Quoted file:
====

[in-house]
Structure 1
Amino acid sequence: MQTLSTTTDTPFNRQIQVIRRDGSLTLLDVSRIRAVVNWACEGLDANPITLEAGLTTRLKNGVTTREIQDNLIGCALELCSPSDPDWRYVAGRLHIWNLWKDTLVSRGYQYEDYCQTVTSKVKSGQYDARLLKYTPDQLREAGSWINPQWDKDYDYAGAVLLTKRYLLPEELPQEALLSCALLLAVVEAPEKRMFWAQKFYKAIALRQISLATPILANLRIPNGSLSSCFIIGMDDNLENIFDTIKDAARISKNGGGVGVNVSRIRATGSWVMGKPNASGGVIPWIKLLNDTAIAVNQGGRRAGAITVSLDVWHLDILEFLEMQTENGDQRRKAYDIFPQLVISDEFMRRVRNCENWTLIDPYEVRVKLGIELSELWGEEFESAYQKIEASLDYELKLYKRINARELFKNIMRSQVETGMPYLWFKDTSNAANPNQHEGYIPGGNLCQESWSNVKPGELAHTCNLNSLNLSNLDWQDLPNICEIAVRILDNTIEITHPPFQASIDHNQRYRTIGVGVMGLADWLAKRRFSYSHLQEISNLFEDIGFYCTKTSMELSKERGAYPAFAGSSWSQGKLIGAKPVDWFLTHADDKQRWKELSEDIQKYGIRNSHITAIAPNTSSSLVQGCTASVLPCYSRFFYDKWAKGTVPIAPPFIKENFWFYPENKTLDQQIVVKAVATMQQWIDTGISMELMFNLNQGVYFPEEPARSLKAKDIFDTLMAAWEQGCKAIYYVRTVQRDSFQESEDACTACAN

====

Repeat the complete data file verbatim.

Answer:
[in-house]
Structure 1
Amino acid sequence: MQTLSTTTDTPFNRQIQVIRRDGSLTLLDVSRIRAVVNWACEGLDANPITLEAGLTTRLKNGVTTREIQDNLIGCALELCSPSDPDWRYVAGRLHIWNLWKDTLVSRGYQYEDYCQTVTSKVKSGQYDARLLKYTPDQLREAGSWINPQWDKDYDYAGAVLLTKRYLLPEELPQEALLSCALLLAVVEAPEKRMFWAQKFYKAIALRQISLATPILANLRIPNGSLSSCFIIGMDDNLENIFDTIKDAARISKNGGGVGVNVSRIRATGSWVMGKPNASGGVIPWIKLLNDTAIAVNQGGRRAGAITVSLDVWHLDILEFLEMQTENGDQRRKAYDIFPQLVISDEFMRRVRNCENWTLIDPYEVRVKLGIELSELWGEEFESAYQKIEASLDYELKLYKRINARELFKNIMRSQVETGMPYLWFKDTSNAANPNQHEGYIPGGNLCQESWSNVKPGELAHTCNLNSLNLSNLDWQDLPNICEIAVRILDNTIEITHPPFQASIDHNQRYRTIGVGVMGLADWLAKRRFSYSHLQEISNLFEDIGFYCTKTSMELSKERGAYPAFAGSSWSQGKLIGAKPVDWFLTHADDKQRWKELSEDIQKYGIRNSHITAIAPNTSSSLVQGCTASVLPCYSRFFYDKWAKGTVPIAPPFIKENFWFYPENKTLDQQIVVKAVATMQQWIDTGISMELMFNLNQGVYFPEEPARSLKAKDIFDTLMAAWEQGCKAIYYVRTVQRDSFQESEDACTACAN